Used-Car Dealer Admits To Selling Vehicles Flooded During Superstorm Sandy

A used-car dealer in New Jersey has admitted to selling cars damaged by flooding during superstorm Sandy in 2012 to unsuspecting customers. Some of those who drove off with lemons found their cars breaking down just minutes after leaving the dealership.

According to the Asbury Park Press, the operator of a used car dealership confessed to a judge that he used fake vehicle titles to sell the waterlogged cars, aided by a former technician at the state Motor Vehicle Commission. She admitted to make the “clean” titles for the cars in the scheme.

A salesman was also charged in the scheme, as well as a clerk and receptionist at the dealership.

The con lasted from February through July 2013, after the dealership bought eight cars at auction that had been flooded during Sandy. All were owned by the same insurance company, which had them listed as acceptable to be used “for parts only.”

That’s when authorities said the dealer, helped by the insider at the Motor Vehicle Commission’s local office, created the fake titles for the cars and forged the signatures of past owners to transfer the titles over to the dealership.

Seven of those cars were sold for a gain of $86,000.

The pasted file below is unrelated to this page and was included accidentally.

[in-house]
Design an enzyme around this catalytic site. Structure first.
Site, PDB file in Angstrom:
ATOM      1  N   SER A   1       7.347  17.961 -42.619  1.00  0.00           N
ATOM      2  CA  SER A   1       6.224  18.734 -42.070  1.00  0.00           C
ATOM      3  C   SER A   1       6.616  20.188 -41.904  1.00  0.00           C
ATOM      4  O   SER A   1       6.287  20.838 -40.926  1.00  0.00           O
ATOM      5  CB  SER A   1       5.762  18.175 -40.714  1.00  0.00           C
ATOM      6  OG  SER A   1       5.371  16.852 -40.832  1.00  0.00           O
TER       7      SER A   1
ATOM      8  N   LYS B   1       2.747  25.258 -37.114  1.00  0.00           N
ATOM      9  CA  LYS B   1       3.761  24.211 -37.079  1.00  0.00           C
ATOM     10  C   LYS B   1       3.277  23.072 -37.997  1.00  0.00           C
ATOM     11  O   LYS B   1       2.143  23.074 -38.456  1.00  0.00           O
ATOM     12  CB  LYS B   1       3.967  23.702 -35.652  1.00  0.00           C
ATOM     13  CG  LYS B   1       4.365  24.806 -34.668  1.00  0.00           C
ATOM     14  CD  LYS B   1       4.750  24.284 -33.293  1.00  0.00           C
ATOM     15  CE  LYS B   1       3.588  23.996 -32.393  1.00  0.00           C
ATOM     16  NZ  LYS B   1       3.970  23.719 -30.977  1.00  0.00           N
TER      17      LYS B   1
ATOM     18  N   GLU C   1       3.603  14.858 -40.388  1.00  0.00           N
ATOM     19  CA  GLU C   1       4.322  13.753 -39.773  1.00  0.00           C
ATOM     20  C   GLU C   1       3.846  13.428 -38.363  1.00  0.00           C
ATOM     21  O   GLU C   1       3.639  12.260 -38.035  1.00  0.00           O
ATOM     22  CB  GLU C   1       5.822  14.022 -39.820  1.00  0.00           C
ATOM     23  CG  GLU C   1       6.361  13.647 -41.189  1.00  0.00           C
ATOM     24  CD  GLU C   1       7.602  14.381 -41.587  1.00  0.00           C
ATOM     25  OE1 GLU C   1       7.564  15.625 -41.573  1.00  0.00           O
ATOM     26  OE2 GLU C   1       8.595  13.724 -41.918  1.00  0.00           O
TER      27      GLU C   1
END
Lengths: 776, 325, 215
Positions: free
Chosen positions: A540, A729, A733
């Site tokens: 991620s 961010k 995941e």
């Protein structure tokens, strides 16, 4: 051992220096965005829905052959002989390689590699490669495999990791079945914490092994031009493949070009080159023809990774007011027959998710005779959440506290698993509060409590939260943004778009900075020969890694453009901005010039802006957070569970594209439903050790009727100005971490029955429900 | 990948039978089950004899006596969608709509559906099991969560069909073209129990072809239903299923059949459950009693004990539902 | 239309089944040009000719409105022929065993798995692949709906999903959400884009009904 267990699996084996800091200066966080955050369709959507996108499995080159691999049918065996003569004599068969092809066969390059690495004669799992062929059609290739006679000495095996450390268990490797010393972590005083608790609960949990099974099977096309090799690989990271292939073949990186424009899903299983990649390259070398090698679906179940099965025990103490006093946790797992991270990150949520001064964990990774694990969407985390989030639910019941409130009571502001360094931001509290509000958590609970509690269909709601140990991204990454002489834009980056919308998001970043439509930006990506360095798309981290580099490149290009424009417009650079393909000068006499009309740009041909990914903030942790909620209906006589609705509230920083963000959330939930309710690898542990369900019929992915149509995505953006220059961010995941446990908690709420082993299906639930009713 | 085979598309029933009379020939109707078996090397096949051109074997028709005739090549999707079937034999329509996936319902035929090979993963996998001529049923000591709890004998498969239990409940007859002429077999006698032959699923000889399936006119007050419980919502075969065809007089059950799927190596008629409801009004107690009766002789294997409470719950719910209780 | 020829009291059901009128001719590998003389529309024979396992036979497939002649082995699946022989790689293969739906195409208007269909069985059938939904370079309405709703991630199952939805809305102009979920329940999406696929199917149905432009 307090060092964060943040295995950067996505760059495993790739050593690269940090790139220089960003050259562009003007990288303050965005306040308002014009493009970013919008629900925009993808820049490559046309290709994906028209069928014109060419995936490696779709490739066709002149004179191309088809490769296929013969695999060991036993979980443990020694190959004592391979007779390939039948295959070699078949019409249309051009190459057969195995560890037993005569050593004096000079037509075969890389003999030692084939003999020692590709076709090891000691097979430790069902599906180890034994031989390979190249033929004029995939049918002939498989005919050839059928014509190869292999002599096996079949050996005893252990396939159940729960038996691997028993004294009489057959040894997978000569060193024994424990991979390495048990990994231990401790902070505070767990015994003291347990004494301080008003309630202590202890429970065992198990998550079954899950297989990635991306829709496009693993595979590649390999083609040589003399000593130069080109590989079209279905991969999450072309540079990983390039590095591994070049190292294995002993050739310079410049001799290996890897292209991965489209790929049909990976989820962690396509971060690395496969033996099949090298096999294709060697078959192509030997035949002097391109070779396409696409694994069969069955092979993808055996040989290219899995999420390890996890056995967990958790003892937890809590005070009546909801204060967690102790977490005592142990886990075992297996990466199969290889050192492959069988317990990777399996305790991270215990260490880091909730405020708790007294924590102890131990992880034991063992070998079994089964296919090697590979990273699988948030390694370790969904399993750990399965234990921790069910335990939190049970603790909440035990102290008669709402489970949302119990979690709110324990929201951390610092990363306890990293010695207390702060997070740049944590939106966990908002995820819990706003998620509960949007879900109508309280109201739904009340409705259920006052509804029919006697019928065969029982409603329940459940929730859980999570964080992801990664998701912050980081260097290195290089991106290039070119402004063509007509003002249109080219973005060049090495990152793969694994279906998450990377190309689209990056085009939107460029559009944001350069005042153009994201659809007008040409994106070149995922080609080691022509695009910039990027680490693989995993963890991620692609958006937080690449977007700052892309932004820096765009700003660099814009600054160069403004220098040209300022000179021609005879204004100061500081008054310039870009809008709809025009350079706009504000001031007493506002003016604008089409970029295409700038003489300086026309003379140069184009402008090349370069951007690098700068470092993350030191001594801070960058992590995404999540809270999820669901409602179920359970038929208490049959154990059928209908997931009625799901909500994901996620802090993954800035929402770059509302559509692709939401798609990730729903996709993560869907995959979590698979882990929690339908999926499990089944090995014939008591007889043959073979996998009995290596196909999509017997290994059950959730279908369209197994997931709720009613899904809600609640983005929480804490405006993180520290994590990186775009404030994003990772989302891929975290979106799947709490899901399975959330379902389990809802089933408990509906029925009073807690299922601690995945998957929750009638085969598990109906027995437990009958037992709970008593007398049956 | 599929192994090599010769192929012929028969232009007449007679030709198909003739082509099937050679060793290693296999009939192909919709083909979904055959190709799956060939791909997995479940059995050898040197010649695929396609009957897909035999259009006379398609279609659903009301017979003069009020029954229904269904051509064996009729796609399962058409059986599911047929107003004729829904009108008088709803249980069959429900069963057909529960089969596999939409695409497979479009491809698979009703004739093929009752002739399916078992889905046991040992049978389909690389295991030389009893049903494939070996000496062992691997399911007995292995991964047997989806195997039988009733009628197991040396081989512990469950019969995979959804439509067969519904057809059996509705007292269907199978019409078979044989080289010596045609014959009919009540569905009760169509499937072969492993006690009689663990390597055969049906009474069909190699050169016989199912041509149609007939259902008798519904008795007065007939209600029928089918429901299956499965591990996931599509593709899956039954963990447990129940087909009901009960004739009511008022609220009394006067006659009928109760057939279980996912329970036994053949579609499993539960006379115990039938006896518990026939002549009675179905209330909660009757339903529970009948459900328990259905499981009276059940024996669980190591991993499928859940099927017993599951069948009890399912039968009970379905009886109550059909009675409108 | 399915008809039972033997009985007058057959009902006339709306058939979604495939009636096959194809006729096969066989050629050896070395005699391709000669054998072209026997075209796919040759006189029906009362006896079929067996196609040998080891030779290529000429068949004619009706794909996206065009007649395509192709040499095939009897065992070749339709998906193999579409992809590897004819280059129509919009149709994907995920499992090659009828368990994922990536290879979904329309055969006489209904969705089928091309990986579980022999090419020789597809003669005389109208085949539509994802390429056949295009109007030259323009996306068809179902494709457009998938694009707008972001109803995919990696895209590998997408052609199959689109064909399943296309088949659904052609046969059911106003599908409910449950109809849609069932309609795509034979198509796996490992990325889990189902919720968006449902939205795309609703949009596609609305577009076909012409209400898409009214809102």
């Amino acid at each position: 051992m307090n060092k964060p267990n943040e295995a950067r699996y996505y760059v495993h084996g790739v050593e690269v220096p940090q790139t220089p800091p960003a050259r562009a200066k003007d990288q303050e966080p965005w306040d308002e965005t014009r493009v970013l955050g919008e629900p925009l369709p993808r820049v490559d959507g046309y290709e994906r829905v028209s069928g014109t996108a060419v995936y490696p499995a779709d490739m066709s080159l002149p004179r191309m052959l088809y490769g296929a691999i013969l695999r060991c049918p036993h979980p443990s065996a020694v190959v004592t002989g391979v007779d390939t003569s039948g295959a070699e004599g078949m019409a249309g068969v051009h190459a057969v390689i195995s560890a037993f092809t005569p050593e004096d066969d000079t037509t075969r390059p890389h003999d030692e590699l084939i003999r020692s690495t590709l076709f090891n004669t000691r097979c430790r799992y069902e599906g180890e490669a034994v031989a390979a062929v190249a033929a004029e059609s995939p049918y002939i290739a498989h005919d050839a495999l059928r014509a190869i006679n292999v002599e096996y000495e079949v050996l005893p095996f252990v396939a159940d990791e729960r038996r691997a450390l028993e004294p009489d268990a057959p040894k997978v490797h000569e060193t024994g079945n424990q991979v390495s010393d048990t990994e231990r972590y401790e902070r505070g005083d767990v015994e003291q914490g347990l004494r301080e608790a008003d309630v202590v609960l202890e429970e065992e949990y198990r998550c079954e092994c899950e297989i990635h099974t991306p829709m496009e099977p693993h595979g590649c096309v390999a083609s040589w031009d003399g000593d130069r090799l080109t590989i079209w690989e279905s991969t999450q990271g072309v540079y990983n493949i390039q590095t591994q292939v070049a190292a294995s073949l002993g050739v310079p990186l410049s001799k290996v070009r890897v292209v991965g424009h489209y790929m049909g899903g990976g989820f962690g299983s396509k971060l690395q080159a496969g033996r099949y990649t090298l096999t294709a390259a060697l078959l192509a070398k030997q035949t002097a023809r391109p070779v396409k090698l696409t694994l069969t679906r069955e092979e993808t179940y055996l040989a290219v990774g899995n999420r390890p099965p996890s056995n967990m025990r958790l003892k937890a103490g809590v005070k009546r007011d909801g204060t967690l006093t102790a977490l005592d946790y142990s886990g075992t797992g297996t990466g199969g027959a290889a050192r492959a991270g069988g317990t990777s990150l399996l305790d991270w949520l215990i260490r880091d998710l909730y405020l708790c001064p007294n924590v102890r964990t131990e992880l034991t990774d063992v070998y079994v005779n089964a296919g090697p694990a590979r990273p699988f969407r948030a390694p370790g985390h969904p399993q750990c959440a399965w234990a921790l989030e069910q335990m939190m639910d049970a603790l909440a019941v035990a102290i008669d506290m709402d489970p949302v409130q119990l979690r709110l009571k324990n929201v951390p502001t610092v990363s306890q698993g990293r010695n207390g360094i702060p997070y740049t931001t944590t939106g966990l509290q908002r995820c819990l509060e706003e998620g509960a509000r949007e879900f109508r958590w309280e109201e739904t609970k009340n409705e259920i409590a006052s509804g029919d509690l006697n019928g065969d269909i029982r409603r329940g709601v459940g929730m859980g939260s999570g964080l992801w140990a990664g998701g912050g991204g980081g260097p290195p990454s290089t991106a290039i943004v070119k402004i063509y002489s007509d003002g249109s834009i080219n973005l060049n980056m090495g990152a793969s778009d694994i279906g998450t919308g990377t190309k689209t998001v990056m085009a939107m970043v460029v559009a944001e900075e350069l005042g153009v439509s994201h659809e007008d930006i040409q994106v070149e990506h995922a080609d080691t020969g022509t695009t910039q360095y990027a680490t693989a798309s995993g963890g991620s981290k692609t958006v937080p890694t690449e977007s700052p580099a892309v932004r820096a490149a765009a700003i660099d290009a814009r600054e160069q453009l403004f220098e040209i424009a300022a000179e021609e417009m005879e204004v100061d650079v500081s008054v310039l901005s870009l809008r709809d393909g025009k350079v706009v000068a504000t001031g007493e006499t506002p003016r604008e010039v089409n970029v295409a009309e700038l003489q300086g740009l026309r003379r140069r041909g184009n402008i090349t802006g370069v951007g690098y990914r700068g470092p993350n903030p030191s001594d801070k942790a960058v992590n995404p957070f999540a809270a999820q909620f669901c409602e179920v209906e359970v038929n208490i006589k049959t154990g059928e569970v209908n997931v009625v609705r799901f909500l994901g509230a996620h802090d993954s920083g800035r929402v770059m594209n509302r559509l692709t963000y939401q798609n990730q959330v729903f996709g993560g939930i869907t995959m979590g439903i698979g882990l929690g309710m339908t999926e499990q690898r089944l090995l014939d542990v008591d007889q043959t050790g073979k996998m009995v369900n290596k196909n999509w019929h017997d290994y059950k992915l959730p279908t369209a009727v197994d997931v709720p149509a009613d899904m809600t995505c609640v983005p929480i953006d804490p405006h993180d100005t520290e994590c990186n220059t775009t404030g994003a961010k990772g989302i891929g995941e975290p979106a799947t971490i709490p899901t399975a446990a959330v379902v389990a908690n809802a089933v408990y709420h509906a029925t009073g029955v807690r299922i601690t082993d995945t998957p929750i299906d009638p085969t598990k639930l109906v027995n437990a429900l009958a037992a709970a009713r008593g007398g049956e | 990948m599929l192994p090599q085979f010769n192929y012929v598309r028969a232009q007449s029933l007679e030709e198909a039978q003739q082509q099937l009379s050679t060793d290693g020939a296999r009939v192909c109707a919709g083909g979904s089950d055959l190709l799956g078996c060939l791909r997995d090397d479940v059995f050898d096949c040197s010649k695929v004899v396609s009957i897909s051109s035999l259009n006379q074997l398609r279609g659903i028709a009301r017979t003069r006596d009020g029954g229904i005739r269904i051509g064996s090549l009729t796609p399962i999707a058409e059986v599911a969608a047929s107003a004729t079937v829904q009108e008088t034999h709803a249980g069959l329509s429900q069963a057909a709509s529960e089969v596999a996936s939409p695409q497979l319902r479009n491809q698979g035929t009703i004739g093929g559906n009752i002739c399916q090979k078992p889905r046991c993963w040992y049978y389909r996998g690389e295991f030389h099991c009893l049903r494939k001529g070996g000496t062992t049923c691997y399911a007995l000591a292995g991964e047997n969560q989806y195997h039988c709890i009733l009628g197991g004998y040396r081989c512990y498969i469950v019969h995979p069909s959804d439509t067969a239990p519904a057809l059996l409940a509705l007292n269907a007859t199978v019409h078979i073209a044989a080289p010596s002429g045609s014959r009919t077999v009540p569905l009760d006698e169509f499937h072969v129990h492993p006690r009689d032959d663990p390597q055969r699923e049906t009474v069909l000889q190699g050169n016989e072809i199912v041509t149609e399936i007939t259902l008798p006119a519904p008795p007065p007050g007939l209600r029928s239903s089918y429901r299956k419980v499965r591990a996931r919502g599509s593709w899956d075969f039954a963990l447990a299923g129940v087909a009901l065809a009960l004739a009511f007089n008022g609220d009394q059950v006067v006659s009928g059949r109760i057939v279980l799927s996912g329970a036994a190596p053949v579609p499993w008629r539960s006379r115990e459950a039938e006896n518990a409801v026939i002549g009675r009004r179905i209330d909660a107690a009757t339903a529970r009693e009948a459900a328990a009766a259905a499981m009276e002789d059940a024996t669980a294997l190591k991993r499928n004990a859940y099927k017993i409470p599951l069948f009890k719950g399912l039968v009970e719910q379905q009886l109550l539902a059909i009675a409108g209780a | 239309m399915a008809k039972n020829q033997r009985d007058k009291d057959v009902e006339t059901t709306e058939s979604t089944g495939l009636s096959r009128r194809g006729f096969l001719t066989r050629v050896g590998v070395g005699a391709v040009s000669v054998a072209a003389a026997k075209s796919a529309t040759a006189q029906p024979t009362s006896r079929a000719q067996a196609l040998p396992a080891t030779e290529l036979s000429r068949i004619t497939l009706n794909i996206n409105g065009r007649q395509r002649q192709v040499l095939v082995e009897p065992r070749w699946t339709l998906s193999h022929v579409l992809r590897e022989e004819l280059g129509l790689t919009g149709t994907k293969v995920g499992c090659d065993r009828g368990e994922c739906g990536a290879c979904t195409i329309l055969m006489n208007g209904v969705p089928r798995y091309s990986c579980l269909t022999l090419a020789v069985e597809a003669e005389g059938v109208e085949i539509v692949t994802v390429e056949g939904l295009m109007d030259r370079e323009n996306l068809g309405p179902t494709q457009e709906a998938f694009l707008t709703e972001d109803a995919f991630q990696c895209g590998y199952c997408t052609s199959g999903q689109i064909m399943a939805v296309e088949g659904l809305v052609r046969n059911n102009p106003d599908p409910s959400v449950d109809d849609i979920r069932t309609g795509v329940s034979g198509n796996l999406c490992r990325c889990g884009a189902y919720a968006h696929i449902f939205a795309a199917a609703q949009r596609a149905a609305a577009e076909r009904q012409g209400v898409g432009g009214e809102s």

The dealer pleaded guilty to theft by deception and is facing three years in prison. He’ll also pay the scammed customers back and won’t be able to sell vehicles in New Jersey for a certain amount of time that has yet to be determined.

“By ruthlessly cashing in on superstorm Sandy, [the dealer] not only cheated customers of his car dealership, he put those customers and other motorists at risk, because these flood-damaged vehicles had the potential to fail and even catch fire on the highway,” acting Attorney General John J . Hoffman said in a prepared statement. “Two of the cars did, in fact, fail shortly after they were purchased, but fortunately no one was hurt.”

Dealer sold Sandy-flooded cars [Asbury Park Press]

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  1. CzarChasm says:

    ” won’t be able to sell vehicles in New Jersey for a certain amount of time that has yet to be determined”
    If we really wanted to discourage fraud, that amount of time would be EVER. If you get caught using your business to scam people, you shouldn’t be allowed to own that kind of business again.